Washington, D.C.—Anne Balcer Norton, Deputy Commissioner of the Maryland Office of the Commissioner of Financial Regulation, testified on behalf of the Conference of State Bank Supervisors (CSBS) before the Insurance, Housing and Community Opportunity Subcommittee of the House Financial Services Committee on mortgage origination today. Norton detailed efforts by state regulators to improve and enhance mortgage regulation to better protect consumers and to strengthen the mortgage market itself, but also to ensure a diverse mortgage industry which supports a variety of business models.
In her testimony, Norton discussed changes and improvements made to mortgage supervision over the past few years and acknowledged the policy and regulatory response to the recent financial crisis remains a work in progress, involving Congress, as well as state and federal regulators. Norton discussed state efforts to establish a new framework of mortgage supervision through the development and launch of the Nationwide Mortgage Licensing System and Registry (NMLS). “NMLS was conceptualized and created by state regulators to unify state mortgage supervision in a single framework,” Norton said before the Subcommittee. “NMLS provides the foundation for coordinated, consistent, and comprehensive supervision of the mortgage industry.”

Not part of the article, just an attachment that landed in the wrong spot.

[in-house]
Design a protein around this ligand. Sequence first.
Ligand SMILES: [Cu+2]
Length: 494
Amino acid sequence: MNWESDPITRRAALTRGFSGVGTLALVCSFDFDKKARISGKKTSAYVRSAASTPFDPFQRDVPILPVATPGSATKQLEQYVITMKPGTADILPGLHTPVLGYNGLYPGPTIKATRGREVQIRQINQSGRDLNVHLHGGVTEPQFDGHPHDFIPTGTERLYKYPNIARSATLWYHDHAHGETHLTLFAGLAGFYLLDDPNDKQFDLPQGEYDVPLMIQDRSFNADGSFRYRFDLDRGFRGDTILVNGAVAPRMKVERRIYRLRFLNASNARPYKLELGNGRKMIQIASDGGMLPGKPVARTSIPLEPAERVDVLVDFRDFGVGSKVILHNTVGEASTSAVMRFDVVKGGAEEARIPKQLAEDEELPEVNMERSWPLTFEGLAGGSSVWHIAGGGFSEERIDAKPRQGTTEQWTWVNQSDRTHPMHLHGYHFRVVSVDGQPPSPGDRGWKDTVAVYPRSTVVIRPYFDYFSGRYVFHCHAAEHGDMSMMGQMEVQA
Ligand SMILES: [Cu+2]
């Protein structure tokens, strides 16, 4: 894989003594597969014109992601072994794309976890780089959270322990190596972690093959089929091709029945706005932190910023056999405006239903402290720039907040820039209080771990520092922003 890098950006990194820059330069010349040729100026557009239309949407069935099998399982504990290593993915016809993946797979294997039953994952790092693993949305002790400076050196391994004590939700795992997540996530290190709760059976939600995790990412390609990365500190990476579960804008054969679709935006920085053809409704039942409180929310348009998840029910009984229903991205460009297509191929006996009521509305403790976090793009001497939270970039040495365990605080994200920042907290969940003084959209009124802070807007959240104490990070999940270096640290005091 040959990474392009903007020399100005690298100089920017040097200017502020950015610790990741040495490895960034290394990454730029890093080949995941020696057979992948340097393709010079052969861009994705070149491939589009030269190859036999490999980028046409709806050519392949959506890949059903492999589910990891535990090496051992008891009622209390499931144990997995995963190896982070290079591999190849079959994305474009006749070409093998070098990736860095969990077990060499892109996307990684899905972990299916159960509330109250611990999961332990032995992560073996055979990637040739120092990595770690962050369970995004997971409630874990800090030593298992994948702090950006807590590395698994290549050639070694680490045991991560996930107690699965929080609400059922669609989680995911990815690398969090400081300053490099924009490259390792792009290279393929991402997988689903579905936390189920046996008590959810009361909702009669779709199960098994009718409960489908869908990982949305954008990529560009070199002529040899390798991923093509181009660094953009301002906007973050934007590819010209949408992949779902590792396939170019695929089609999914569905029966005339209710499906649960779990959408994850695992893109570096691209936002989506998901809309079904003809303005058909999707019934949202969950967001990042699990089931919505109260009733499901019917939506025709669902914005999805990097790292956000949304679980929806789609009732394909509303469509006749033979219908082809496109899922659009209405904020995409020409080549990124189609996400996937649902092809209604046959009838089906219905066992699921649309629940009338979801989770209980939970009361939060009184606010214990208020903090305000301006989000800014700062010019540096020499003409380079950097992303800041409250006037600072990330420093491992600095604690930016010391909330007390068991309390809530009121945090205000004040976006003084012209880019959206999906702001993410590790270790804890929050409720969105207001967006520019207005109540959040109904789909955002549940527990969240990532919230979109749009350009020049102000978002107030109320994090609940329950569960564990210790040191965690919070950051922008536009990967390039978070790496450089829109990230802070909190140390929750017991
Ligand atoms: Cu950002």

Norton also credited Congress for codifying NMLS into federal law by enacting the Secure and Fair Enforcement for Mortgage Licensing Act of 2008 (SAFE Act), thereby creating an integrated and comprehensive state-federal approach to mortgage supervision.
Norton concluded her testimony by touching on the industry anxiety state regulators are witness to as a result of the Dodd-Frank Act and other regulatory initiatives currently underway. “The challenge for policymakers—and for the regulators who implement these policies—is to create a regulatory framework that ensures industry professionalism and accountability,” Norton stated. “We must also avoid unnecessary regulatory inefficiencies and burdens. For state regulators, policies and approaches that encourage regulatory collaboration and coordination and that support regulatory innovation have been vital to striking this balance.”
The full testimony is available here.